Premier Andrew Fahie has expressed a need for having seminars to educate Members of the House of Assembly on how to properly complete important obligatory documents such as the Register of Interest declaration form.

Premier Fahie’s call came during his recent Commission of Inquiry (COI) hearing on Friday June 18.

This was after the COI attorney Bilal Rawat revealed that the premier had submitted each of his declarations since 2015, after the deadline date.

According to Rawat, the premier submitted his three declarations which were due for June 23 of 2015 to 2017 on July 19, 2017. He again submitted his June 23, 2018, and March 12, 2019 and 2020 declarations all on May 5, 2021.

Rawat noted that all but one of the premier’s declarations were in breach of both Sections 3 and Sections 7 of the Register of Interest Act and in some cases by more than two years.

Section 3 of the Act requires elected members to submit their declaration upon the date of taking office and on each anniversary of that said date. Section 7 allows for a submission of the declaration within three months of the deadline date and states that submissions outside the three months are in breach of the act, which warrants a written report by the registrar and the possibility of facing other penalties.

Almost impossible to find two legislators who submitted on time

Premier Fahie in explaining the need for seminars said that he believes it will be almost impossible to find at least two legislators past or present who have submitted the Register of Interest Act 2006 declaration on time since its introduction in 2008.

“From the time this was introduced, I didn’t get to watch or listen to a lot of other testimonies, but I can almost be sure that it would be hard pressed to find two members living or dead who was on time with this form or who fill it out in the same way. From the time I was in politics when this came up, being younger than, you were kind of left to yourself to figure things out and one of the areas that we want to improve is to make sure that from in the future you have seminars on this,” he stated.

He added, “Whether it be the Registrar which would be the one to have it so that persons won’t be lost because it’s hard to guide other persons how to fill the form out or what it means exactly if you yourself from the inception never had that training. And no one’s fault, it was something new that came into the Constitution.”

Ambiguities existed from inception. Improvements needed

Premier Fahie, while he stated that it is a good system that already exists, he stressed on the need for improvements which may take the form of new legislation.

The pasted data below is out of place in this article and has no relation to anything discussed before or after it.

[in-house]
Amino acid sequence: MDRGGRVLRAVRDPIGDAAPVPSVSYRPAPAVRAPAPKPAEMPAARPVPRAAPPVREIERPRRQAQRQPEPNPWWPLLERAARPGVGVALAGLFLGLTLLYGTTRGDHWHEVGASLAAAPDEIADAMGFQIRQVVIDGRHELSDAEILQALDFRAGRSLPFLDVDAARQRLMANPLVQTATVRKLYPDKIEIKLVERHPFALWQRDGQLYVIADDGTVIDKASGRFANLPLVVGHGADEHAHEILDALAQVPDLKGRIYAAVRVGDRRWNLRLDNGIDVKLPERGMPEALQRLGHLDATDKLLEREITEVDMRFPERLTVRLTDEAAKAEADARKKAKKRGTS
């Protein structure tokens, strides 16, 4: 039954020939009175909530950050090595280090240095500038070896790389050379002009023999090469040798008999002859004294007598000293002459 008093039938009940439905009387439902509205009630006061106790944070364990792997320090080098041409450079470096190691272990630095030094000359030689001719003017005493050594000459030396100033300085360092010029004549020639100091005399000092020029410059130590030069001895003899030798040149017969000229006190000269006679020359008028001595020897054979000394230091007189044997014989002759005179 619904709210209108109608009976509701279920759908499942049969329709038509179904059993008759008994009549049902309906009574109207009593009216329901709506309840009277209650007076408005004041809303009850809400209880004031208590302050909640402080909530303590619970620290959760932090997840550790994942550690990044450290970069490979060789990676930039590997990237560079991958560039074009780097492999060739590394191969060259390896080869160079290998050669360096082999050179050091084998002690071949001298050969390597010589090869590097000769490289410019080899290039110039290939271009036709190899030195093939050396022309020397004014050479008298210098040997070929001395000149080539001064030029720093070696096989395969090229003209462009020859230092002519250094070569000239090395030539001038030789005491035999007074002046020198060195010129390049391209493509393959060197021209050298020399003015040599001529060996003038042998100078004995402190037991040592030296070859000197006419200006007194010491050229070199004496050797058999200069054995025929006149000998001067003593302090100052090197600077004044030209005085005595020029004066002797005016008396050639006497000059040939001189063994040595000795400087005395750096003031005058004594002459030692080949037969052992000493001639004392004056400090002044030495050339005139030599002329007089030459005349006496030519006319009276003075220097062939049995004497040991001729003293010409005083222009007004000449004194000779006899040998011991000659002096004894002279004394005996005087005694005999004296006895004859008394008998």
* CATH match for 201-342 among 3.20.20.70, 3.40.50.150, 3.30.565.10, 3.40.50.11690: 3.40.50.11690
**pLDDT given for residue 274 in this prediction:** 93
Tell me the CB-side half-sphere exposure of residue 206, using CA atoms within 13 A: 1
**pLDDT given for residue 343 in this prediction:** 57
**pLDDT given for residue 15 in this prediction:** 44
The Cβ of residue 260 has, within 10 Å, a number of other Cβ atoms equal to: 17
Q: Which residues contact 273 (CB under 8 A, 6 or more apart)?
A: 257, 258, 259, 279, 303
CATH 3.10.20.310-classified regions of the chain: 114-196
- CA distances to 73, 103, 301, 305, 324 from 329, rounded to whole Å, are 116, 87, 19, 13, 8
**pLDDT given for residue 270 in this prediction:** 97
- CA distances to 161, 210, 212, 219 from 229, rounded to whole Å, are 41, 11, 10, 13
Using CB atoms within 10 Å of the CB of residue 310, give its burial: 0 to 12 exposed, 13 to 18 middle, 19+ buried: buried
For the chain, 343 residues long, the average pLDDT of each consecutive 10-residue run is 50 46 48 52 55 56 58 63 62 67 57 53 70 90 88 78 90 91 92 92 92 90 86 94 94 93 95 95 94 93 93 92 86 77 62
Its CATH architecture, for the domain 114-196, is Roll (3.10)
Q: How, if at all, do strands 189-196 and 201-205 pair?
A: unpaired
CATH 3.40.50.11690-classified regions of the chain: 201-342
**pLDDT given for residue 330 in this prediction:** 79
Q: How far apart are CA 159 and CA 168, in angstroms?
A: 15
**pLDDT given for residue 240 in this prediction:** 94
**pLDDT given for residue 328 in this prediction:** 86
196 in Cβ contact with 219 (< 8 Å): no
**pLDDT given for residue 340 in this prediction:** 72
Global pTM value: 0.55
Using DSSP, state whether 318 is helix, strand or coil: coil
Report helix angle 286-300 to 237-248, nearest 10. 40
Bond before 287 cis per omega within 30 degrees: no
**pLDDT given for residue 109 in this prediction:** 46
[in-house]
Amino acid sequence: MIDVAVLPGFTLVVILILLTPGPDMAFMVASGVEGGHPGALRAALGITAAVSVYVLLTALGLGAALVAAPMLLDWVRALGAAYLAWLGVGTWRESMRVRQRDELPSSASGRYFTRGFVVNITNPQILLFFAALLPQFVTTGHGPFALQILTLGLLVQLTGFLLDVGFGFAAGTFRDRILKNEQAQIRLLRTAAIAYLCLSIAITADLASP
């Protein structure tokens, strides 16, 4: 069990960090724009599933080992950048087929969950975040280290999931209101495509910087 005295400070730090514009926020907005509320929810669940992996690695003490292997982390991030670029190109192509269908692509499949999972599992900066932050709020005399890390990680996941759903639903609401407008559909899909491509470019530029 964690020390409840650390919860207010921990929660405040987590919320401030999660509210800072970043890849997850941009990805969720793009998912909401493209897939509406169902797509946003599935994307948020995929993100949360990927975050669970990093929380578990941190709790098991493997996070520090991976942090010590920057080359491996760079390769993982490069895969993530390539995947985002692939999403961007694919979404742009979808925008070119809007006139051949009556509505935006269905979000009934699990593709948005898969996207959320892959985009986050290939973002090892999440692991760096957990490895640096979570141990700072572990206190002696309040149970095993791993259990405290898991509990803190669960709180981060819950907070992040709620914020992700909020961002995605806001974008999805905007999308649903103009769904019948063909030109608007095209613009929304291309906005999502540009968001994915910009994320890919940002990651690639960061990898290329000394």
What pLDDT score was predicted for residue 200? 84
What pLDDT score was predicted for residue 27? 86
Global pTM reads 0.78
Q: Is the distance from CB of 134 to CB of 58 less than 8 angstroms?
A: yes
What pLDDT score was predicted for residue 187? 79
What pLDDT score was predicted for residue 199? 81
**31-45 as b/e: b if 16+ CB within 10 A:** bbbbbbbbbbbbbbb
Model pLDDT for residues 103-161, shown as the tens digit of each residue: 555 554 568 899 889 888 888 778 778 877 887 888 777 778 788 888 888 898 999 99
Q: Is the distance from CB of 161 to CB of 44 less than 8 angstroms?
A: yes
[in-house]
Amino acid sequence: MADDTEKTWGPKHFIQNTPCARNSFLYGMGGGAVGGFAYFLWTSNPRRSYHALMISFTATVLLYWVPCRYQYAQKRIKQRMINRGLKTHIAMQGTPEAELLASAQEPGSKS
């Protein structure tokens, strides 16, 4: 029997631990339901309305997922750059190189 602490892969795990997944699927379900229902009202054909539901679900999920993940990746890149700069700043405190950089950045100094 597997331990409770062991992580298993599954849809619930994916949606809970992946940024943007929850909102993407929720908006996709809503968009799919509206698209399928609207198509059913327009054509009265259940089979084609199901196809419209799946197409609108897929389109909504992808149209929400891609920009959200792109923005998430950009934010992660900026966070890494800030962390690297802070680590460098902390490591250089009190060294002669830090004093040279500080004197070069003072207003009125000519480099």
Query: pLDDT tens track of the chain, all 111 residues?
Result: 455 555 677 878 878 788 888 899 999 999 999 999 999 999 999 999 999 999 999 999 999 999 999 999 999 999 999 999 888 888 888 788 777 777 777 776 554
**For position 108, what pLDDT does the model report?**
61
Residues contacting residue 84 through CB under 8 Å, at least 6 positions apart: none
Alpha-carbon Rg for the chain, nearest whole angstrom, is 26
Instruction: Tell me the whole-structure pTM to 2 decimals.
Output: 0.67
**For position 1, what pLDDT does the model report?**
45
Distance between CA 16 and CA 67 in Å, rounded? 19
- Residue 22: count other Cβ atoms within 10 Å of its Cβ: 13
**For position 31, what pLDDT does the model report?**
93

“Although we all sat and did it there was still some ambiguities in some of the number in areas, so it is clear it is a good system, but it definitely needs I wouldn’t only say improvement but it also needs to help persons to come on the same page with it, along with additional laws,” he stated.

“Not just for the committee, but from institutional wise cause you can’t just leave persons who are busy in anything to be the ones to keep them up to date with anything, although it doesn’t sound good. But once you get busy you need an institution that keeps you, I would call it in time with what you have to file and when you have to do that,” the premier added.

Premier Fahie said his government is in the process of making similar amendments to the existing Register of Interests Act to improve its process.

Registrar has been reminding members repeatedly, members were delinquent

Meanwhile, attorney Rawat highlighted the reoccurrence of the Registrar of Interests repeatedly notifying members of their obligation, stating that on several occasions the members of the House refused to oblige to the Registrar’s request.

Rawat said, “This system that the members of the House operate under has been in existence for 13 years. The Act does not impose upon the Registrar an obligation to notify you of the need to file a declaration nor does it impose upon a Registrar the need to send notices to you. But that is what in fact this Registrar did, time and time again every year she sent members a letter notifying them, supplying them with the declaration.”

Rawat also pointed to a number of instances where the Registrar wrote to the premier on numerous occasions.

“There are a significant number of them stretching back over years where the Registrar has written to you not only in advance of the date of the declaration telling you when it was due, but also reminding you that you were overdue and you just appeared as other members also appeared to have done, to simply ignore the Registrar,” Rawat further stressed.

So far, the COI has revealed that a number of legislators, both past and present, have been in breach with both sections 3 and 7 of the Act.

First time legislator Sharie de Castro has shared similar views of a need to have orientation for newly sworn in House of Assembly members.

She believes this measure will help the members be aware of their obligations and prepare them on how to properly complete the requisite documents.